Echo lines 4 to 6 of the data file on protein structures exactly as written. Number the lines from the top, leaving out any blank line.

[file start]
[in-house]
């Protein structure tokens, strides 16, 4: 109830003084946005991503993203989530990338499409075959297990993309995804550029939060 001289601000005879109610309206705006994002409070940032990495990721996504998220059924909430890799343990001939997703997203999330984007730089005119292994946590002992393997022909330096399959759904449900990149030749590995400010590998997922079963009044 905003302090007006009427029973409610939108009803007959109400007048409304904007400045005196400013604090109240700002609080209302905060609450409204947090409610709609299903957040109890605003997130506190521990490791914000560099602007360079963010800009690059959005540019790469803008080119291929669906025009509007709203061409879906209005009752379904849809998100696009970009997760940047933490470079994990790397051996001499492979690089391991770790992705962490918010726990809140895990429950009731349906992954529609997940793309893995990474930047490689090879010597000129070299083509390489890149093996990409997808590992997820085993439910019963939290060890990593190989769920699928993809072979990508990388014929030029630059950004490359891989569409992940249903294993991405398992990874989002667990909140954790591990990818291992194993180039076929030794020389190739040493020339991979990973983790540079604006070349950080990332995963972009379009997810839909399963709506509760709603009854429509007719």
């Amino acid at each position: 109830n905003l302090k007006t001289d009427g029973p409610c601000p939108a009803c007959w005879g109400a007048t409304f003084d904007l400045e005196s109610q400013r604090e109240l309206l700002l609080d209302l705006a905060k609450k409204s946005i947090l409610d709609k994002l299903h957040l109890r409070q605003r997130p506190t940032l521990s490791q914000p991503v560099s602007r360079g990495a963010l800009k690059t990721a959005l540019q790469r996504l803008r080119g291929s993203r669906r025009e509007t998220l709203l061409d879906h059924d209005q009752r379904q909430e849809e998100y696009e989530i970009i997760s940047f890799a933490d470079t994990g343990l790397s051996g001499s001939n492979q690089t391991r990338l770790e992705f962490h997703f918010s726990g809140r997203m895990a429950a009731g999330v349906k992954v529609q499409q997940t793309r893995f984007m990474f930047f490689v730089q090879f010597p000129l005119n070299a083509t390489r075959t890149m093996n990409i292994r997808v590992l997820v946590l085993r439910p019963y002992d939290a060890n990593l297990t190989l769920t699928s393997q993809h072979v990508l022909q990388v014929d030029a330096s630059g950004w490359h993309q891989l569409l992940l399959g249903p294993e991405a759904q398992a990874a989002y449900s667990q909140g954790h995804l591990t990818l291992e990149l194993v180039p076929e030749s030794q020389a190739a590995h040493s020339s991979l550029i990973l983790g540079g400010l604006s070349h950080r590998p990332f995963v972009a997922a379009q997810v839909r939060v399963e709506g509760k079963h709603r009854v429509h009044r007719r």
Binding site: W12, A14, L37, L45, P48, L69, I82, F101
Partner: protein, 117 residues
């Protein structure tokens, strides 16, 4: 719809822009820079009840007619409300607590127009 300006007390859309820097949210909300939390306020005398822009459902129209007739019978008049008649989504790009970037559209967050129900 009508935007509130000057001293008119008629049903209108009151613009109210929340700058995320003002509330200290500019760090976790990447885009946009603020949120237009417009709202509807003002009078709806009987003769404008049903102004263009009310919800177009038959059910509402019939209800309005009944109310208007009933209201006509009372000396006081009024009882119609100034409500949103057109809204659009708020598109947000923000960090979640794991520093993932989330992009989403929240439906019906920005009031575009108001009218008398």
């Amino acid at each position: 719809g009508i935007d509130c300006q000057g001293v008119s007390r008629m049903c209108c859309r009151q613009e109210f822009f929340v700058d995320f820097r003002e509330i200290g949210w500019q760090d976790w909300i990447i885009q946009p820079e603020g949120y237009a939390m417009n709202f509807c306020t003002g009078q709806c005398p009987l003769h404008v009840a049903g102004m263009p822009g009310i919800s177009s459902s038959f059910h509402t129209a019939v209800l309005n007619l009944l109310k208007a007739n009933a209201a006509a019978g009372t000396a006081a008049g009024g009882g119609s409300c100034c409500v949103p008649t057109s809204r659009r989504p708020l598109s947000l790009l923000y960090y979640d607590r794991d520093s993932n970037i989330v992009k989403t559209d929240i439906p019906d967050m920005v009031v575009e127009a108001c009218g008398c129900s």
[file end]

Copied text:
Binding site: W12, A14, L37, L45, P48, L69, I82, F101
Partner: protein, 117 residues
């Protein structure tokens, strides 16, 4: 719809822009820079009840007619409300607590127009 300006007390859309820097949210909300939390306020005398822009459902129209007739019978008049008649989504790009970037559209967050129900 009508935007509130000057001293008119008629049903209108009151613009109210929340700058995320003002509330200290500019760090976790990447885009946009603020949120237009417009709202509807003002009078709806009987003769404008049903102004263009009310919800177009038959059910509402019939209800309005009944109310208007009933209201006509009372000396006081009024009882119609100034409500949103057109809204659009708020598109947000923000960090979640794991520093993932989330992009989403929240439906019906920005009031575009108001009218008398």